Google announced its intention to get rid of old-style plugins in its Chrome browser in 2013. However, that has been rather difficult since a lot of users still rely on them for several widely used extensions. In theory, the IT giant was supposed to cut them off at the end of this year, but they decided to extend the period with several more months.
Just so we are clear on what we are talking about, I will try to explain it the best I can. A series of popular extensions, such as Microsoft Silverlight, Java, Unity Web Player, Google Earth and Talk or Facebook's video calls service, utilize a plug-in called NPAPI (Netscape Plugin Application Programming Interface). Even though this plug-in is extremely popular being used by Safari, Chrome, Mozilla, and Opera, it's ten years old and it has been demonstrated to pose a lot of security risks.
Chrome's alternative would be to use a new plug-in called PPAPI (Pepper Plugin API) which is more secure against exploits and other types of attacks as it runs all the code in a sandbox. An ulterior move for pushing this technology would be that this new plug-in is developed by Google itself, so only its own browser and Opera (which is built on Chrome) would be able to utilize it.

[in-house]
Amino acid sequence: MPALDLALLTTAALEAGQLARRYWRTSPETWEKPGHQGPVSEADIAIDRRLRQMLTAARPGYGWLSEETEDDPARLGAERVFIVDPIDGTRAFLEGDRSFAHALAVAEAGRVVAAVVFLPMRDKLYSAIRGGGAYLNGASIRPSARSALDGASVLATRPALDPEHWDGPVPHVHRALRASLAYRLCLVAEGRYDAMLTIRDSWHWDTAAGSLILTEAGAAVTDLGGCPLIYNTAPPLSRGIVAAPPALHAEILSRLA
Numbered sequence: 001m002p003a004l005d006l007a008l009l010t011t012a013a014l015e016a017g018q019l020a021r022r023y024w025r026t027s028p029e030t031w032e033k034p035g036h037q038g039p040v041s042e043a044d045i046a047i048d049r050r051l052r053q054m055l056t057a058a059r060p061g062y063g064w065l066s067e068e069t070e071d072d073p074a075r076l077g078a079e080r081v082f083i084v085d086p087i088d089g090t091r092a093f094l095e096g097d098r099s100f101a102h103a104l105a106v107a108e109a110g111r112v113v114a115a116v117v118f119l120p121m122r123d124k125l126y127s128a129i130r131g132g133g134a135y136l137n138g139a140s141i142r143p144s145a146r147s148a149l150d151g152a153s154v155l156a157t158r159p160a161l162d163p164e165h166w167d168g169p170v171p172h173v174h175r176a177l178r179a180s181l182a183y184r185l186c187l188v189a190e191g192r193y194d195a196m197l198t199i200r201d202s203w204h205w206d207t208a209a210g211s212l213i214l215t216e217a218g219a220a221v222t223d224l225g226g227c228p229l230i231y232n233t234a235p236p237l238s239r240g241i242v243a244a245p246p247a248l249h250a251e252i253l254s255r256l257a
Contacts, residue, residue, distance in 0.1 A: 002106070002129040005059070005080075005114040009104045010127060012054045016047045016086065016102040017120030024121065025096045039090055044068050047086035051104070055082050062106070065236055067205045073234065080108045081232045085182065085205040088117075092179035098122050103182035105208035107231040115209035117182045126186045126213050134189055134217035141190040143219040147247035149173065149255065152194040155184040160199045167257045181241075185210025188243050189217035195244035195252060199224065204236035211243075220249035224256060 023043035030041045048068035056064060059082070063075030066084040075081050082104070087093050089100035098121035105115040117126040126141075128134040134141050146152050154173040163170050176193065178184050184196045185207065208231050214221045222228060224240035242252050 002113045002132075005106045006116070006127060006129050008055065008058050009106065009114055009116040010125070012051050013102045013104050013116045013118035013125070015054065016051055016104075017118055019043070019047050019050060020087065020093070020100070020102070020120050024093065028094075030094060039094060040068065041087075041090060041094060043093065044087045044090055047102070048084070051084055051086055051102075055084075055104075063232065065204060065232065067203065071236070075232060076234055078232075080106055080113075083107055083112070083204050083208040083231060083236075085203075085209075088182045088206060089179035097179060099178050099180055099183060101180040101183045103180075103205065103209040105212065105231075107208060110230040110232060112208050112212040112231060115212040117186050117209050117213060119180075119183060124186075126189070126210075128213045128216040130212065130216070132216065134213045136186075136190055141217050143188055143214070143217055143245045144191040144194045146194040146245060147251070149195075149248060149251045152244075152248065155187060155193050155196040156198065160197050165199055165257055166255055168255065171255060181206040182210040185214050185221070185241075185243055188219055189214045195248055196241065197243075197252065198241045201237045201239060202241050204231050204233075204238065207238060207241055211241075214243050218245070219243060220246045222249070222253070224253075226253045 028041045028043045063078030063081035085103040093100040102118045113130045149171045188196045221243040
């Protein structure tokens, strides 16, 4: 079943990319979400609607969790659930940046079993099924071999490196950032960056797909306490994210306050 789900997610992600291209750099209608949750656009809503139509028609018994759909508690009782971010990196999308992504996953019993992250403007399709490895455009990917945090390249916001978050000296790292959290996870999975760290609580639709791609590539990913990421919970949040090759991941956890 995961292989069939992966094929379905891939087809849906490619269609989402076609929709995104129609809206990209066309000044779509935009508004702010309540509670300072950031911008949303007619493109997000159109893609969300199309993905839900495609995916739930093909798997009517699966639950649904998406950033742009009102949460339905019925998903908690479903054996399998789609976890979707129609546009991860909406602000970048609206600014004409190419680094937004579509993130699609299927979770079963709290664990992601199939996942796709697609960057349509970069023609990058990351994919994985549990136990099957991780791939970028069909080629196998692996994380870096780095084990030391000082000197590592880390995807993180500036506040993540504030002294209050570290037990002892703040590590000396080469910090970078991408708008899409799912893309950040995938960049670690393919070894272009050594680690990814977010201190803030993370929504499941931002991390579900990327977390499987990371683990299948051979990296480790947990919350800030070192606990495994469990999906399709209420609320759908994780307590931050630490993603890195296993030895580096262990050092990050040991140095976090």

But, since the transition process from NPAPI to PPAPI has been rather slow, the Mountain View-based company has decided to extend the deadline with ten more months and take a 3-steps approach in dealing with the situation. Unfortunately for Google, terminating the NPAPI plug-in might actually end up pushing users towards utilizing other browsers, especially those who frequently visit Java powered websites.